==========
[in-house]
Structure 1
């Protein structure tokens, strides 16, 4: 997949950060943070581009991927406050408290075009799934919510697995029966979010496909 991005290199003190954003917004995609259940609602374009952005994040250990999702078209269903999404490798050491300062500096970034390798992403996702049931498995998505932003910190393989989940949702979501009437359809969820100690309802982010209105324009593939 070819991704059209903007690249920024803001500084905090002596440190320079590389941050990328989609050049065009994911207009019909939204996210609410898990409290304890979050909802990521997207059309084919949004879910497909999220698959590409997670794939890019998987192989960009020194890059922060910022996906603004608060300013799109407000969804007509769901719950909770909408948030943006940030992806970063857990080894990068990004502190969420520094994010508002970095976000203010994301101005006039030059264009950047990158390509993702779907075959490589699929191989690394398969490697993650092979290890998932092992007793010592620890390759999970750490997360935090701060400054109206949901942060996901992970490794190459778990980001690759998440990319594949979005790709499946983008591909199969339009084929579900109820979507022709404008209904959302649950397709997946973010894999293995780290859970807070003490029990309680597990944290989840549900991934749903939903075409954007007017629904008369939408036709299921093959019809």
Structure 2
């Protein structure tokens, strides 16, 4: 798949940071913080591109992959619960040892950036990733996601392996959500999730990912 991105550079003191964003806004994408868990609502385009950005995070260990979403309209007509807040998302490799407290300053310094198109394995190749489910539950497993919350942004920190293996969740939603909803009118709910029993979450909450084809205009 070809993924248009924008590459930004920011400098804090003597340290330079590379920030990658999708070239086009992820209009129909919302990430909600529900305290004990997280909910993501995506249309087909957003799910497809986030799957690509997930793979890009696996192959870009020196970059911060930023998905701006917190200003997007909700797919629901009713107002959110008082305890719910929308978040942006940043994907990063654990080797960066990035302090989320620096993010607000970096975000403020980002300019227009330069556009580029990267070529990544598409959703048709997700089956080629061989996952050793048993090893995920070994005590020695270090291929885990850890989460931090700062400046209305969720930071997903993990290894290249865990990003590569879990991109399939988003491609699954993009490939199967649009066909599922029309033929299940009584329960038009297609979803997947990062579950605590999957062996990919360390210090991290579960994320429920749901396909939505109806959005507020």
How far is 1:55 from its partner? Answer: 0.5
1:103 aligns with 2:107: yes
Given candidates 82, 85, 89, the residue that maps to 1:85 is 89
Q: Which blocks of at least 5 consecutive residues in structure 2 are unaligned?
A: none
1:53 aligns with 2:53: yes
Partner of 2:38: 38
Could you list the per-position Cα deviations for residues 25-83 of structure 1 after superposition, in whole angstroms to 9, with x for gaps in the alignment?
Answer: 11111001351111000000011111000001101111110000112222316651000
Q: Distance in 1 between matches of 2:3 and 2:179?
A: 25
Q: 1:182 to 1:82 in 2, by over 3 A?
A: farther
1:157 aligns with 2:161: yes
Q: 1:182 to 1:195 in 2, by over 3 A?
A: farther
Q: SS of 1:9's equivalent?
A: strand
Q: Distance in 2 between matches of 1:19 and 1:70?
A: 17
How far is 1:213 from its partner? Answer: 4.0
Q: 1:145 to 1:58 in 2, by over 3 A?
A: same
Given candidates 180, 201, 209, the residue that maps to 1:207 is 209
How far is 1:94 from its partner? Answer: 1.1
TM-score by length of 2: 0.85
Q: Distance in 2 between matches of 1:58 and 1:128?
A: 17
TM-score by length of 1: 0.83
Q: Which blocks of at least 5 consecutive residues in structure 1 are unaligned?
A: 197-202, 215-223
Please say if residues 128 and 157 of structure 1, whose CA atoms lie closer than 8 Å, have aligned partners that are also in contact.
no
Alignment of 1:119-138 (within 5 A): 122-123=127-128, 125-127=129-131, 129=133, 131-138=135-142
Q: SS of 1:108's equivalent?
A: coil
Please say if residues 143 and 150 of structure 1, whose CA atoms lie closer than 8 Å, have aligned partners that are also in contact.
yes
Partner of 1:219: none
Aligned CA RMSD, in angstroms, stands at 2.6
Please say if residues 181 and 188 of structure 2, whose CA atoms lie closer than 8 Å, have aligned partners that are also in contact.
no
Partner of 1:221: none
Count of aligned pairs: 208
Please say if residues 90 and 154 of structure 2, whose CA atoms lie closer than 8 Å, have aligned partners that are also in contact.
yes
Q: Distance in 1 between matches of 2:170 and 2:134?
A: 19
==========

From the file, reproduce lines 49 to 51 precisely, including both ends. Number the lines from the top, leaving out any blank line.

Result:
Count of aligned pairs: 208
Please say if residues 90 and 154 of structure 2, whose CA atoms lie closer than 8 Å, have aligned partners that are also in contact.
yes